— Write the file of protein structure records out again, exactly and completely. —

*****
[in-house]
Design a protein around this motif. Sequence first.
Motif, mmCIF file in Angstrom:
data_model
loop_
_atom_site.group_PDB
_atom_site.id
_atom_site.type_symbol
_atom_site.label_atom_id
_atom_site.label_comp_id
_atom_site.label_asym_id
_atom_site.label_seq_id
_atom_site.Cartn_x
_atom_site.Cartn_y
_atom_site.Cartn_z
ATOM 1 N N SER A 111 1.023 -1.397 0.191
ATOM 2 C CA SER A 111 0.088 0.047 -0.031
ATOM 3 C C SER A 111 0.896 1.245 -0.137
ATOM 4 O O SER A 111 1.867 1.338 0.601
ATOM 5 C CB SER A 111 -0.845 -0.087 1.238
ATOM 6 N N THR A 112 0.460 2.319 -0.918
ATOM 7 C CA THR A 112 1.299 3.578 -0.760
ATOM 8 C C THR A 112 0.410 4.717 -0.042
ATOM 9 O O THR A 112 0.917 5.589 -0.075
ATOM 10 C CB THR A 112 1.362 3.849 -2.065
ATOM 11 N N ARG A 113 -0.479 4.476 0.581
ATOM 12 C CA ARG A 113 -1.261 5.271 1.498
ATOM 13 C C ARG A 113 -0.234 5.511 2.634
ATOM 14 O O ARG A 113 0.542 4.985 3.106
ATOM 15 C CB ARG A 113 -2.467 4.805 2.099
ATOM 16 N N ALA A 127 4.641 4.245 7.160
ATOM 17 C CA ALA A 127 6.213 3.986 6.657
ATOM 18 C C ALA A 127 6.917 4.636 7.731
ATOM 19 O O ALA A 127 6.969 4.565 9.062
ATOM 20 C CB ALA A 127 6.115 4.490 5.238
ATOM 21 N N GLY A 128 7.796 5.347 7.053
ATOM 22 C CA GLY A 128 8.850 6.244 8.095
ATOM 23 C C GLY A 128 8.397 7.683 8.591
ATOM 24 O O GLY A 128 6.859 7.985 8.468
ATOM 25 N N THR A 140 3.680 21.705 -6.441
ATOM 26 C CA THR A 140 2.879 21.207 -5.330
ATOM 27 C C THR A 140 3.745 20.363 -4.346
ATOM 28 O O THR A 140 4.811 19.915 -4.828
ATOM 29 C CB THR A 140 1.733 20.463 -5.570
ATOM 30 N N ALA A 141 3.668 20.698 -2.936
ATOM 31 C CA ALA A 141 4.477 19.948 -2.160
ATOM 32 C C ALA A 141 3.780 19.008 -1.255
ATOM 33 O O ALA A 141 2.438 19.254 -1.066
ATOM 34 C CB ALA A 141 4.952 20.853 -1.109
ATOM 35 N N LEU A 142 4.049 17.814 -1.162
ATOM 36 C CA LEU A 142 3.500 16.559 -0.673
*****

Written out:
[in-house]
Design a protein around this motif. Sequence first.
Motif, mmCIF file in Angstrom:
data_model
loop_
_atom_site.group_PDB
_atom_site.id
_atom_site.type_symbol
_atom_site.label_atom_id
_atom_site.label_comp_id
_atom_site.label_asym_id
_atom_site.label_seq_id
_atom_site.Cartn_x
_atom_site.Cartn_y
_atom_site.Cartn_z
ATOM 1 N N SER A 111 1.023 -1.397 0.191
ATOM 2 C CA SER A 111 0.088 0.047 -0.031
ATOM 3 C C SER A 111 0.896 1.245 -0.137
ATOM 4 O O SER A 111 1.867 1.338 0.601
ATOM 5 C CB SER A 111 -0.845 -0.087 1.238
ATOM 6 N N THR A 112 0.460 2.319 -0.918
ATOM 7 C CA THR A 112 1.299 3.578 -0.760
ATOM 8 C C THR A 112 0.410 4.717 -0.042
ATOM 9 O O THR A 112 0.917 5.589 -0.075
ATOM 10 C CB THR A 112 1.362 3.849 -2.065
ATOM 11 N N ARG A 113 -0.479 4.476 0.581
ATOM 12 C CA ARG A 113 -1.261 5.271 1.498
ATOM 13 C C ARG A 113 -0.234 5.511 2.634
ATOM 14 O O ARG A 113 0.542 4.985 3.106
ATOM 15 C CB ARG A 113 -2.467 4.805 2.099
ATOM 16 N N ALA A 127 4.641 4.245 7.160
ATOM 17 C CA ALA A 127 6.213 3.986 6.657
ATOM 18 C C ALA A 127 6.917 4.636 7.731
ATOM 19 O O ALA A 127 6.969 4.565 9.062
ATOM 20 C CB ALA A 127 6.115 4.490 5.238
ATOM 21 N N GLY A 128 7.796 5.347 7.053
ATOM 22 C CA GLY A 128 8.850 6.244 8.095
ATOM 23 C C GLY A 128 8.397 7.683 8.591
ATOM 24 O O GLY A 128 6.859 7.985 8.468
ATOM 25 N N THR A 140 3.680 21.705 -6.441
ATOM 26 C CA THR A 140 2.879 21.207 -5.330
ATOM 27 C C THR A 140 3.745 20.363 -4.346
ATOM 28 O O THR A 140 4.811 19.915 -4.828
ATOM 29 C CB THR A 140 1.733 20.463 -5.570
ATOM 30 N N ALA A 141 3.668 20.698 -2.936
ATOM 31 C CA ALA A 141 4.477 19.948 -2.160
ATOM 32 C C ALA A 141 3.780 19.008 -1.255
ATOM 33 O O ALA A 141 2.438 19.254 -1.066
ATOM 34 C CB ALA A 141 4.952 20.853 -1.109
ATOM 35 N N LEU A 142 4.049 17.814 -1.162
ATOM 36 C CA LEU A 142 3.500 16.559 -0.673